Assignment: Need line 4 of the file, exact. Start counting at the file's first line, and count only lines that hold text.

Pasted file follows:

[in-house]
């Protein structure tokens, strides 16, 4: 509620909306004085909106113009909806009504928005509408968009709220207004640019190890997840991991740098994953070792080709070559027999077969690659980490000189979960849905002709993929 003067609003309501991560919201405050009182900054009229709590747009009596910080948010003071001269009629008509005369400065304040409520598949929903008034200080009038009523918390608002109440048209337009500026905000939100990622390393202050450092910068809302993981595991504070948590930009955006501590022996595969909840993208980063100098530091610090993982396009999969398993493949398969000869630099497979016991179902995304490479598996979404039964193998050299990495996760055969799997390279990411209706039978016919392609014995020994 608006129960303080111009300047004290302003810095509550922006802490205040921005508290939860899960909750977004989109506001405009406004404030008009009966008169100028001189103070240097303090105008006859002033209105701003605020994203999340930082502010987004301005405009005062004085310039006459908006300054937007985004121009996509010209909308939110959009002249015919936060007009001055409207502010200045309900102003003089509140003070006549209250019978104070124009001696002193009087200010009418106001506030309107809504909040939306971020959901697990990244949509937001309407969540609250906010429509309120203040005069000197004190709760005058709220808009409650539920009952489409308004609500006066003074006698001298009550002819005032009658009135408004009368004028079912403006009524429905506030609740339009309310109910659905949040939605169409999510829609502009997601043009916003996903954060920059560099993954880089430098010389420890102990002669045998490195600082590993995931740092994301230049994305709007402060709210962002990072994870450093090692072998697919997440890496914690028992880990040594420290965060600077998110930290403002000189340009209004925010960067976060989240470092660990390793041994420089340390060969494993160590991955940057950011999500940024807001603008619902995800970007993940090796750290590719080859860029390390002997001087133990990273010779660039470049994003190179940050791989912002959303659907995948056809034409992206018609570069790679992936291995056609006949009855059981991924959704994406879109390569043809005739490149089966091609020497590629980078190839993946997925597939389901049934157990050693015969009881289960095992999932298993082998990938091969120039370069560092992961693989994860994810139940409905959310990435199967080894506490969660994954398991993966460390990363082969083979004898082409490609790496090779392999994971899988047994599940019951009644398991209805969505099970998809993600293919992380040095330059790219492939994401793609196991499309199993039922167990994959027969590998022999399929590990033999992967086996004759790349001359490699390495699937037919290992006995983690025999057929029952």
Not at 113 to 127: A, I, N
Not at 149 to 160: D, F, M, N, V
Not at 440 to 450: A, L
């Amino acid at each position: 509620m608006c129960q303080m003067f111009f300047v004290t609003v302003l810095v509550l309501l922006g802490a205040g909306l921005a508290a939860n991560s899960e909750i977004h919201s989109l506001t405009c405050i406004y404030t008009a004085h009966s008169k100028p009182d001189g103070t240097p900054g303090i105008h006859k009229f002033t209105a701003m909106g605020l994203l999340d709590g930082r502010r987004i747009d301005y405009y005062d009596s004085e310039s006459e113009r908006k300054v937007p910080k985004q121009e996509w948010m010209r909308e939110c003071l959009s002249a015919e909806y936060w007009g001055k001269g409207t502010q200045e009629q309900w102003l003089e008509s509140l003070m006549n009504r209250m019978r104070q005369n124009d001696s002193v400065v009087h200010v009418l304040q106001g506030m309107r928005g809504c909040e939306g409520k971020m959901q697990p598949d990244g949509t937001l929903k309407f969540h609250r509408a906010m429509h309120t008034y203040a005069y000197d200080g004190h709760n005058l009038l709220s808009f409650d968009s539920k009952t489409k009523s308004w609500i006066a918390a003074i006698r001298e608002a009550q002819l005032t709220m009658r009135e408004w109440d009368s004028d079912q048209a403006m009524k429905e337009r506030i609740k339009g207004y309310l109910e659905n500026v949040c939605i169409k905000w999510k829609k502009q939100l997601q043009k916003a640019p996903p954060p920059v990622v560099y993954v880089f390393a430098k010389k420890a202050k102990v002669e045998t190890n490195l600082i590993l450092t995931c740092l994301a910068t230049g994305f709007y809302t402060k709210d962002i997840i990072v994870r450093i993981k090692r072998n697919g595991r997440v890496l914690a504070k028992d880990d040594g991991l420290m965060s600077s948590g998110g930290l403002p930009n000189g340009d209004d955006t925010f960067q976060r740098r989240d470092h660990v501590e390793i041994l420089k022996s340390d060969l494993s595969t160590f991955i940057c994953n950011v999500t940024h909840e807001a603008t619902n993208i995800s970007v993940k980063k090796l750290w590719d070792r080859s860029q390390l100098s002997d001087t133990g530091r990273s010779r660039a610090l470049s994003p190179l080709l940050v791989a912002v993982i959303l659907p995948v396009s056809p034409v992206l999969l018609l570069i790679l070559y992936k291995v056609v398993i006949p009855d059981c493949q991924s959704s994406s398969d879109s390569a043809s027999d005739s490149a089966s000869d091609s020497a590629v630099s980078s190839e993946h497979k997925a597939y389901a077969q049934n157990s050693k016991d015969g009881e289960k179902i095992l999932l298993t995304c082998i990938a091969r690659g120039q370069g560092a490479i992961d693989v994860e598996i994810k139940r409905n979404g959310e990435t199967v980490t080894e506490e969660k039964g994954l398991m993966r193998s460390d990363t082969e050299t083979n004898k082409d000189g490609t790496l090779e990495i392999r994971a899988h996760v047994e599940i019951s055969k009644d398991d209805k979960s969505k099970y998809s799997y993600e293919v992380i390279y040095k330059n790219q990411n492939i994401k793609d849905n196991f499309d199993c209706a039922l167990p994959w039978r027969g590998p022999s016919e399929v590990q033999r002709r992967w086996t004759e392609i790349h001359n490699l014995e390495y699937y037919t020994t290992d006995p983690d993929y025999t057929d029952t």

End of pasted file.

Not at 149 to 160: D, F, M, N, V